What I’m about to share might be contradictory…
Should you stop exercising in recovery? Not necessarily… hear me out on this.
Do the positive aspects of what you get from exercise outweigh the negatives in recovery?
Write down everything that exercise does for you including the ED motivations. This was my list;
- calorie burning and weight control
- it’s a rule, something I just have to do to feel ok
- muscle building (which was actually a joke as I look back as I wasn’t nourishing myself enough to build muscle)
- anxiety release
- feel good endorphins
- fresh air and time in nature to help ground me (if I go on a run)
Yours might look similar.
Ask yourself this question and answer it honestly…
“Would I still do the exercise I do if it didn’t burn any calories or shape my body in any way?”
The answer for me was yes. Which is why I didn’t stop exercising in recovery. I DID however do less HIIT and practised taking all the pressure off myself.
When I’d run I wouldn’t have a fitness watch or my phone tracking my minutes per mile.
I’d work out and not make myself finish if I really didn’t want to.
I’d use less weight and stop trying to get PBs every time.
I completely changed the relationship I had with exercise but I didn’t stop all exercise because it brought me so many other benefits AND actually enabled me to get used to my new bigger body.
Some people can’t exercise because they’re literally exhausted in recovery/have severe edema. LISTEN TO YOUR BODY.
Those who have stayed very much in the anorexia for so long usually HAVE to stop exercising because their bodies have a shit load of repairing to do. My story was a little different.
Some people are unable to change their relationship to exercise and so continue with their compulsions and use exercise as compensation for eating. If this is the case for you then you must stop exercising. The same way that you stop purging. Use all that grit, determination and commitment you have within you to STOP DOING IT! You do have the power to stop.
Your brain is always watching you so train it to serve you in recovery. You trained it to serve you in the ED.
I’ve had a few clients who had previously worked with an ED specialist who didn’t allow them to exercise at all. Not even go on a walk. Whilst I recommend everyone take a month off exercise (not off walking, IF the walking isn’t compulsive) at the beginning of anorexia recovery and rest as much as possible, I am open to seeing where that client is at a month in.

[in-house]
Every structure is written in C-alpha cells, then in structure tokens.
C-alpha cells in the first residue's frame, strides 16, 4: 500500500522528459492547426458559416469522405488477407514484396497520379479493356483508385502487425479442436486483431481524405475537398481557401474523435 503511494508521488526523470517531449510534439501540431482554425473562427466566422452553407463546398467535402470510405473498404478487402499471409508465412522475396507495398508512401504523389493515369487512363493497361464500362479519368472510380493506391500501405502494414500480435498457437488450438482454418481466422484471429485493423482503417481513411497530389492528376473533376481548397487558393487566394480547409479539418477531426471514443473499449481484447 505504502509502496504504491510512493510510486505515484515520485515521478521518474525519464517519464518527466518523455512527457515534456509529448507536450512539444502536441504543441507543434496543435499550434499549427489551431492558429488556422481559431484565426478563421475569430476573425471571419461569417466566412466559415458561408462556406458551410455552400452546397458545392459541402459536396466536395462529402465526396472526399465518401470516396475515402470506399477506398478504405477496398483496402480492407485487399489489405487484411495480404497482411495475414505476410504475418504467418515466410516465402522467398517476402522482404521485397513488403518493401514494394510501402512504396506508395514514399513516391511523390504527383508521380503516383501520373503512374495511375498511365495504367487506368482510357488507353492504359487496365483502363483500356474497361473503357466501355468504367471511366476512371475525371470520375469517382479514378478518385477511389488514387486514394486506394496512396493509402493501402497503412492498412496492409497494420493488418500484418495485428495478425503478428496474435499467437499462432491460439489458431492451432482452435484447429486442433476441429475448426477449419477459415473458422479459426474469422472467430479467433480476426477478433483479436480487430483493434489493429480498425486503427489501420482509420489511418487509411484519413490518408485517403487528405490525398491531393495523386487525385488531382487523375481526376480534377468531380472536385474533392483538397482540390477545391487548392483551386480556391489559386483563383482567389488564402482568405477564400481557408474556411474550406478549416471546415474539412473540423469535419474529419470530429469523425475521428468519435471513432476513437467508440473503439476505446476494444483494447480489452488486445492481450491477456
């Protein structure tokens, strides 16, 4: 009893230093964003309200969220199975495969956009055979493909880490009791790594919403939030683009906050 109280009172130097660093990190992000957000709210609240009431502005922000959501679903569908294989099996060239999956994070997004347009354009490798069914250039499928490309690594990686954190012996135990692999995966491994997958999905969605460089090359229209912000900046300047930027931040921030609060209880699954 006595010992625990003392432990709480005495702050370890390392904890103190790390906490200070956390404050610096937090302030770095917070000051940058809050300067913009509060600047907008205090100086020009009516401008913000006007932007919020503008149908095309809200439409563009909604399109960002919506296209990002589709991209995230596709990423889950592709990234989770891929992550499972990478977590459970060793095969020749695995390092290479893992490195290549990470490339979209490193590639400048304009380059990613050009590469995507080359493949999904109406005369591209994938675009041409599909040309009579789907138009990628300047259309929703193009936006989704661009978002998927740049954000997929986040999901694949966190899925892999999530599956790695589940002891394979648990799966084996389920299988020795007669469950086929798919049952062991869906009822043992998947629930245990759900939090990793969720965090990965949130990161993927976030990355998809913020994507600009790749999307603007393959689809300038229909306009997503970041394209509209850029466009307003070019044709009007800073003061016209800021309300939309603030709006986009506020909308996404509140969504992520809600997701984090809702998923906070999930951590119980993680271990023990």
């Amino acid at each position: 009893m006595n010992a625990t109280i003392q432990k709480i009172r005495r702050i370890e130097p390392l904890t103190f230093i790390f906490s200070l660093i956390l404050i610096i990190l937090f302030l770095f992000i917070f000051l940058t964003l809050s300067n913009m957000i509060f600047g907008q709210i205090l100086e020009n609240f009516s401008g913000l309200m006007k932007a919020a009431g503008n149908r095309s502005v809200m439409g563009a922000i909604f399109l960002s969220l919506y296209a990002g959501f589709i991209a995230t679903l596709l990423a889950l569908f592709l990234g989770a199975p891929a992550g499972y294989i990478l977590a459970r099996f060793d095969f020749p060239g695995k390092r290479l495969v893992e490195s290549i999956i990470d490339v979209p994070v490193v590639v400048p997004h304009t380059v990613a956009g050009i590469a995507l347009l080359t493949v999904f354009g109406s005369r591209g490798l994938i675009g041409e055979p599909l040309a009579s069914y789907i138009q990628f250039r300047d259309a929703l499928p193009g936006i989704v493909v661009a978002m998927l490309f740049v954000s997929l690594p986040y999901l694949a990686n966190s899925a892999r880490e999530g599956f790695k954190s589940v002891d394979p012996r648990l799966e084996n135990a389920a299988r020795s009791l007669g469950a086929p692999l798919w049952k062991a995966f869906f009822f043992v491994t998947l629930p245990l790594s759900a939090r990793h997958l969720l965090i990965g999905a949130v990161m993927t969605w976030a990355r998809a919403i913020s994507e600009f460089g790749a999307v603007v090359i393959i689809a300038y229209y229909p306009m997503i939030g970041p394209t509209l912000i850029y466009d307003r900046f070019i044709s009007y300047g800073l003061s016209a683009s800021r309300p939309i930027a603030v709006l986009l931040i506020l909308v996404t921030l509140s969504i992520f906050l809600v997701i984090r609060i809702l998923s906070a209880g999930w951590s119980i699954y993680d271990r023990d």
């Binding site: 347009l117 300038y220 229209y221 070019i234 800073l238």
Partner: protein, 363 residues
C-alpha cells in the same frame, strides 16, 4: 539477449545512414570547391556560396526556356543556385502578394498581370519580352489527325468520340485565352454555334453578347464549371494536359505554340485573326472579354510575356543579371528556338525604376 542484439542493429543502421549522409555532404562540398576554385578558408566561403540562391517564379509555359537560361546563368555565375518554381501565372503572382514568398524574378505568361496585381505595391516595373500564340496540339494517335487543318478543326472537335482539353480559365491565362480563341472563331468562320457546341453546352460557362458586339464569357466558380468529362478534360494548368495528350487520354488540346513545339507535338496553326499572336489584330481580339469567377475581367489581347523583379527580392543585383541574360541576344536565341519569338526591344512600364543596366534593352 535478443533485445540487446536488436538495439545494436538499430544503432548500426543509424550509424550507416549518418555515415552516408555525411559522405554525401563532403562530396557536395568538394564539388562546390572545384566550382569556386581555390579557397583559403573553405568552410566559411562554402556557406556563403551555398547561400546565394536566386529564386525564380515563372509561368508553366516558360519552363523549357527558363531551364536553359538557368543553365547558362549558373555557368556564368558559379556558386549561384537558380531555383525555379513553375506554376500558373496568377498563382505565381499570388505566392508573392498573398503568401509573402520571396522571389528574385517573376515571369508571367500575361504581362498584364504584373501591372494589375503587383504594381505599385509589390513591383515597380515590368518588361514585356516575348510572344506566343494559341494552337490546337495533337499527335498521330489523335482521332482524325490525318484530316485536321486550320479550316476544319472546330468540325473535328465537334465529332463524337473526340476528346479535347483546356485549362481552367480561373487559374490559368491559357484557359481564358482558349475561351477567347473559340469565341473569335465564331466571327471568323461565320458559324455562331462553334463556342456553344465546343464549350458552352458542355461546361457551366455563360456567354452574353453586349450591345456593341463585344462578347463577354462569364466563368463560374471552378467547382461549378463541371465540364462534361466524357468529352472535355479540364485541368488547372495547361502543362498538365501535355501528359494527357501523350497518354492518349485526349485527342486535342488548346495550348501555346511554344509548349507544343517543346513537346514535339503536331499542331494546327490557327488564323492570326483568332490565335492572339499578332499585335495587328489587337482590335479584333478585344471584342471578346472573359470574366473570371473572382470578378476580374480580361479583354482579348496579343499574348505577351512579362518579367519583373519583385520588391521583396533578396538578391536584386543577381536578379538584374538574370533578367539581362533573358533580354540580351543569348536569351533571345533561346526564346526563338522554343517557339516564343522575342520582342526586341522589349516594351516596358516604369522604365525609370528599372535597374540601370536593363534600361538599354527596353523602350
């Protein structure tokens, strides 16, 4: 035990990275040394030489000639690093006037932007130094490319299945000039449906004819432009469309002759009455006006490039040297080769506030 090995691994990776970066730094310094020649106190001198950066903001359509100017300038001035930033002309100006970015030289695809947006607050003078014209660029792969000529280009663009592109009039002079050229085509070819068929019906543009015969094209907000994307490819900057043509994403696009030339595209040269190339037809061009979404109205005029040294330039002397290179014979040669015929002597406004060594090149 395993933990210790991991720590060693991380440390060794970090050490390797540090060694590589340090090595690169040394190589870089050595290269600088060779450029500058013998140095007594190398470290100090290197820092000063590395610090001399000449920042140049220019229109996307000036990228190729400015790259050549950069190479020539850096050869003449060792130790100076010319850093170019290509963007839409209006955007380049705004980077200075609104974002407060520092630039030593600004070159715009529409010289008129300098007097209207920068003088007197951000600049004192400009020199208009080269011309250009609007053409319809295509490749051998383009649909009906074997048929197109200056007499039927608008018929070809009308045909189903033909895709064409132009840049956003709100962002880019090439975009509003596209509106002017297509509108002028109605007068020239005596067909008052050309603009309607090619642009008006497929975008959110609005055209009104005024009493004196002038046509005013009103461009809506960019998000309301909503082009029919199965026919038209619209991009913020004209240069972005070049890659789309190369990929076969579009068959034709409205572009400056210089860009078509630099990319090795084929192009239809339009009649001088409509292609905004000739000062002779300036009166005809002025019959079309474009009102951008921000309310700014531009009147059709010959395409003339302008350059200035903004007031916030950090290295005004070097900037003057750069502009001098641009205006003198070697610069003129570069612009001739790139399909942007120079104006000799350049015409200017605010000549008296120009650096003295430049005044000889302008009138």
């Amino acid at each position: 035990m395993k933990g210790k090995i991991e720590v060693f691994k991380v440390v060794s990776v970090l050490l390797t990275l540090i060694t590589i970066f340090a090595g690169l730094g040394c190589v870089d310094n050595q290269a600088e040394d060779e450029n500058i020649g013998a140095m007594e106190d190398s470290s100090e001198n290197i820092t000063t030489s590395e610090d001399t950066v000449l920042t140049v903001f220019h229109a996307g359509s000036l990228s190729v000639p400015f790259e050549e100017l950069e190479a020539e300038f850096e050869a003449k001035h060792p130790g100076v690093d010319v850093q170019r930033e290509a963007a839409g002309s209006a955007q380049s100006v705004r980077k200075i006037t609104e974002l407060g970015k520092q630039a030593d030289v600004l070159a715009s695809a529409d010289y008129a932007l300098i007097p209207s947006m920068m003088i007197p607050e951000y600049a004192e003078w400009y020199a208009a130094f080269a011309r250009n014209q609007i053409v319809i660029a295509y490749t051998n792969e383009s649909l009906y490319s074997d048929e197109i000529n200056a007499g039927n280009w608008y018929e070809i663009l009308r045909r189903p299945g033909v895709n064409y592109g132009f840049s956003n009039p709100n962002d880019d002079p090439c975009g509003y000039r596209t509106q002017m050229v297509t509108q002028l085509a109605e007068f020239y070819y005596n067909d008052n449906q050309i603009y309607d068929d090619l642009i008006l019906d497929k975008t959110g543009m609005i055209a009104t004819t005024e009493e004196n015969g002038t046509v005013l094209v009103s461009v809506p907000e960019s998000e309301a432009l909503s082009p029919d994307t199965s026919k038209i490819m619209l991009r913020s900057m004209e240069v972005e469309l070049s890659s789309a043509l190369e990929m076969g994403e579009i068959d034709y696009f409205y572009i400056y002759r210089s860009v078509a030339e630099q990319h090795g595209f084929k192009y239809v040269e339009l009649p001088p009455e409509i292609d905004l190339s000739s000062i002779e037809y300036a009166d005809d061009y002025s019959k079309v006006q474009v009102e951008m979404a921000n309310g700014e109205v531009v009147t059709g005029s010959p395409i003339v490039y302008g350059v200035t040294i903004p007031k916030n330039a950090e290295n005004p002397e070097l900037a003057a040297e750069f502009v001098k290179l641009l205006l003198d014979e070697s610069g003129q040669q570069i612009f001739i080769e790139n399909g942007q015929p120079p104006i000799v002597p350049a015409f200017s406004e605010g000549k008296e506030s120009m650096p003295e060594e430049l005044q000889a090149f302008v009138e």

If I can see that the ED is pushing for reasons to get back to exercise then I’ll deny it and set boundaries with how much the client can walk for. Walking in nature is beneficial to recovery in so many ways due to the grounding aspect of being in nature, fresh air and some GENTLE body movement to support digestion.
Deednig on how the client answers these questions will depend on what I recommend going forward;
- Why do you (honestly) want to exercise?
- Is it pleasurable?
- Is it flexible?
Exercise CAN help you to connect to your body, be IN your body and feel good IN your body. It’s not natural for someone to sit inside day in-day out and only focus on food. It’s like being with your fear with no break 24/7, which can actually be detrimental to recovery for some.
For me exercise (more in particular body movement) allowed me to think of other things than recovery. This was supportive and allowed me to open up to mind to other things than just recovery.
It helped to build my life back up and do normal things such as go walking with a friend or to a gym class.
Of course, I ensured I was always eating enough until my hunger cues came back and then I could just surrender to mental and physical hunger and unrestricted eating.
Everyone is different of course so it is important to work with someone you trust who is an expert in ED recovery and can support you through your personal recovery journey with food and with exercise.
So should you stop exercising in recovery?
IT ALL DEPENDS but the answer isn’t a hard no.